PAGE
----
Role of Speaker, significance of parliament: strategic challenges ahead

Role of Speaker, significance of parliament: strategic challenges ahead

The new Speaker of our noble parliament, undermentioned resignation of Job Ndugai will take place sometime this month in its history following a significant number of candidates that have shown interest in the post.

Although not quite sure why the turnout of candidates has been so big, whoever will be lucky to be elected amongst many has to bear in mind that he or she will be taking office at a time of unparalleled public attention and scrutiny of the role. 

Today’s setting, in my view compared to the previous situation will provide both challenge and opportunity for whoever is to be elected.

Without getting into the kitchen where food is prepared before is served and consumed for the health of our bodies, it is my wish the candidates campaigning to be Ndugai’s successor must set out a vision for how they would run the most respected body as an institution and represent it to the outside world.

The strategic challenges I foresee relate to two main aspects of the Speaker’s task. The first is his or her visible role: presiding debates in the chamber, acting as a referee and ensuring the House’s procedures and techniques are obeyed comprising by translating those procedures where necessary.

The second re-counts to a less visible, but no less important, role in the management and administration of the house. As chair of the House which sets a strategy for running the House that is then delivered, the Speaker is responsible for the governance and running of the parliament affairs in the house.

Furthermore, the Speaker has an overarching role as the public face and voice of the parliament as one of the three pillars or an institution, whose decisions are expected in a way to hold the government responsible for what is dedicated to delivering to its citizens. Whoever is to be elected must opt how he or she wishes to fulfill these different parts of the role.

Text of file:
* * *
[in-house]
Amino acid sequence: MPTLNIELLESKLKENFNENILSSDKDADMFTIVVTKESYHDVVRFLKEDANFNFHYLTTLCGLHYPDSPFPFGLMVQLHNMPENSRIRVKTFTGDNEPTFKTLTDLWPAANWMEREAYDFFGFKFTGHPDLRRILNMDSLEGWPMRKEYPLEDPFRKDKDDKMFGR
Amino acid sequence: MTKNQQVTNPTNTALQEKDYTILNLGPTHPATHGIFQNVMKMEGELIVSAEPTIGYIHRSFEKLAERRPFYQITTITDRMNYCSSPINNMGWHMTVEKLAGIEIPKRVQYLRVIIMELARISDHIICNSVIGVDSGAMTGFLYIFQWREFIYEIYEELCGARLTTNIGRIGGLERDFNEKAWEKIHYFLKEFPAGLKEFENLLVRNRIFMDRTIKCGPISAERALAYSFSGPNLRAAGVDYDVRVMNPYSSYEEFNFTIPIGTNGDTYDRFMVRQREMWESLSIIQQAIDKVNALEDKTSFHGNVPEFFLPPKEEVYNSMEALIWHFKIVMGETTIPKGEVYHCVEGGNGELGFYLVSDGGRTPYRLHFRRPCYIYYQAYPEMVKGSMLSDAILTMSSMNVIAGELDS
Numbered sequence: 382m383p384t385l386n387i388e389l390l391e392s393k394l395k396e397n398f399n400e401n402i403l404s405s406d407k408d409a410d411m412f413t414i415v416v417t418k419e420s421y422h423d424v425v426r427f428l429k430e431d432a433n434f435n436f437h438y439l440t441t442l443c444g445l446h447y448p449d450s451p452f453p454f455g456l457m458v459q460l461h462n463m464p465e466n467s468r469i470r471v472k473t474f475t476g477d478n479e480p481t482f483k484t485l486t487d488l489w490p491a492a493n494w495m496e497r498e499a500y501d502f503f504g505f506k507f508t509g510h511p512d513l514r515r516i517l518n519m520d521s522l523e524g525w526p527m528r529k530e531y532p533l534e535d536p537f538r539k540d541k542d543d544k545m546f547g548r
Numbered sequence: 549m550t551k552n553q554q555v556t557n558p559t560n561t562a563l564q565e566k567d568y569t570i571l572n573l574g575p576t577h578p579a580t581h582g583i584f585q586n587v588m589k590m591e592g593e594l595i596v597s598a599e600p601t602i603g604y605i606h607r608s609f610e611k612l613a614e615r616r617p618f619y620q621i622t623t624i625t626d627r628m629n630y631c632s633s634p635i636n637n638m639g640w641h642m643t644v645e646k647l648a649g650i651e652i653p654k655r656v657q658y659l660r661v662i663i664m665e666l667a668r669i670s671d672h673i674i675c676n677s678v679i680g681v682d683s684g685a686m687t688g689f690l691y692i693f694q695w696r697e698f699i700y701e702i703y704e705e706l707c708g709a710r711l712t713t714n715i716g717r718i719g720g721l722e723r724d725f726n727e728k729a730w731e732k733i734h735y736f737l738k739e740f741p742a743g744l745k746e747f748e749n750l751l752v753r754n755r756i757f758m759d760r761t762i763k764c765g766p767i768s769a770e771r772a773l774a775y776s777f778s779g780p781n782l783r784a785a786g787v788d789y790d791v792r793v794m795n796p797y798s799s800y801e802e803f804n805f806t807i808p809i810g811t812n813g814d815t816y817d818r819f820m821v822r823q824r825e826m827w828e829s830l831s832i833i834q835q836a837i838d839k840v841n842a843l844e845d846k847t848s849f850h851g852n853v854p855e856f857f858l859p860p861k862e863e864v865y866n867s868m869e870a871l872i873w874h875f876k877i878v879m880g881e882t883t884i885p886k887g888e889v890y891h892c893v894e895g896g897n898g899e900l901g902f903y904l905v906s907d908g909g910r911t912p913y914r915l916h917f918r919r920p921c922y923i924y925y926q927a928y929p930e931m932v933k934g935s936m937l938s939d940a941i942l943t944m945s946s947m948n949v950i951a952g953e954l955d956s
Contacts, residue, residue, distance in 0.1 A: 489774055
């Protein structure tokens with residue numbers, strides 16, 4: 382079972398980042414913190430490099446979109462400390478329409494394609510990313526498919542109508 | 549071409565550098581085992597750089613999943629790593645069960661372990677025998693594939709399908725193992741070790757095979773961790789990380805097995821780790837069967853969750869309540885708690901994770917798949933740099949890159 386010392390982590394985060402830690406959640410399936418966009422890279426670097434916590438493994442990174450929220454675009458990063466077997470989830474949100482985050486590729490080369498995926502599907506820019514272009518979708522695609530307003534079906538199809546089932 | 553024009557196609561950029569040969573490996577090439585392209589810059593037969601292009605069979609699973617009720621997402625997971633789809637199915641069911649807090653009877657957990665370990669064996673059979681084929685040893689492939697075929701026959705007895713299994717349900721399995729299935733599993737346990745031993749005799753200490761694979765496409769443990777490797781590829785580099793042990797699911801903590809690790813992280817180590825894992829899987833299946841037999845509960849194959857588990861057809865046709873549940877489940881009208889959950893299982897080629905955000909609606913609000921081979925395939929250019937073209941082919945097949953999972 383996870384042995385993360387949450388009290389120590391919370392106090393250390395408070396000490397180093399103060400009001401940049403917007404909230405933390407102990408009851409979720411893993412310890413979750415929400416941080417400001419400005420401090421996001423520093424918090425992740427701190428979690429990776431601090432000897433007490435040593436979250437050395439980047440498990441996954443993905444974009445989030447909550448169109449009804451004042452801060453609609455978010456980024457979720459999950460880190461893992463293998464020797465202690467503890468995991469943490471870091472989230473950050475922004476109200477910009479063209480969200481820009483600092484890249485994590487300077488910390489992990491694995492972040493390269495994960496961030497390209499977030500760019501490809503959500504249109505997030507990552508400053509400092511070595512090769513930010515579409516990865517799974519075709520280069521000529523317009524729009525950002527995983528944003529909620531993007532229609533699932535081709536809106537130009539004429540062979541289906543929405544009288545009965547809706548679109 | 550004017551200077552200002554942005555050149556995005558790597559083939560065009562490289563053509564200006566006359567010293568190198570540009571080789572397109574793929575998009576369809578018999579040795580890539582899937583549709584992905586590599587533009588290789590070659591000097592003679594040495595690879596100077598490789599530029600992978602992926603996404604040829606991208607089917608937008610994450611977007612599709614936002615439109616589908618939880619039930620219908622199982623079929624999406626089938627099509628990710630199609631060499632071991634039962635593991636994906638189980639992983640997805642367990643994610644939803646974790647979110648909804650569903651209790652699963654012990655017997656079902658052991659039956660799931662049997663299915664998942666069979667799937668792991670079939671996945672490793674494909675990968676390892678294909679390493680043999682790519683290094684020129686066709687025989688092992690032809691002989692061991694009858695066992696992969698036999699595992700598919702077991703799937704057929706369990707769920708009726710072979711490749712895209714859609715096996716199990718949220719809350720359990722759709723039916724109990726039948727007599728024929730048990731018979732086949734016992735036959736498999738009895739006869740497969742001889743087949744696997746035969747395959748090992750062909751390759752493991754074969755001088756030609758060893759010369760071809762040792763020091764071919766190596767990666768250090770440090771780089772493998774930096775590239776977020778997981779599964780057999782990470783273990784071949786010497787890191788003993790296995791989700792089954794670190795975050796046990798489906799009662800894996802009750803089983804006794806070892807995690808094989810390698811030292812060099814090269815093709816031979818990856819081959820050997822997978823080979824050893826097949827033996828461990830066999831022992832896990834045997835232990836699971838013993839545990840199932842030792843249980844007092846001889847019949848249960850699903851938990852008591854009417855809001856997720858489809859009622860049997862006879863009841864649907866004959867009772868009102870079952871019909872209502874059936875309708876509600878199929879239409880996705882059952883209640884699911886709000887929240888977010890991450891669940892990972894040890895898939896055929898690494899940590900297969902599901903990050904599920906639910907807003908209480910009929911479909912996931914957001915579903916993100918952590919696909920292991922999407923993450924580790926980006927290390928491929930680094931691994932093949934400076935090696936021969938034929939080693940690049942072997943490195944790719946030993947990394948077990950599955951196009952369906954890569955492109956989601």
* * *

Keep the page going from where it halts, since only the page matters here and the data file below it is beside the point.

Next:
The recent resigned Speaker, Ndugai was elected with a majority vote and as speaker performed his part until he tabled his resignation.

Nonetheless, the candidates aligning and somehow campaigning to be his successor must in my view also outline the platform on which they are going to stand and firmly articulate their vision for how the Speaker should act in interpreting the House’s procedures as an institution and on behalf of it to the outside region and the world.

One important aspect, unlike previous speakers, from the moment he or she is dragged to the chair, the new Speaker will be in my view the spotlight but he or she will also have an opportunity to help shape responses to each of the following issues that I consider are critical in the current situation.

The Speaker is the ultimate go-between of house procedure. The resigned Speaker, since his election couple of years and re-elected, he played his part to hold the government to account, but that now is history.

For the new Speaker, to be dragged in uncertainty over the use of some definite procedures, as well as broader questions about how to handle a more assertive parliament session and parliament affairs are likely to persist unless endeavours are made to address these issues are clearly defined.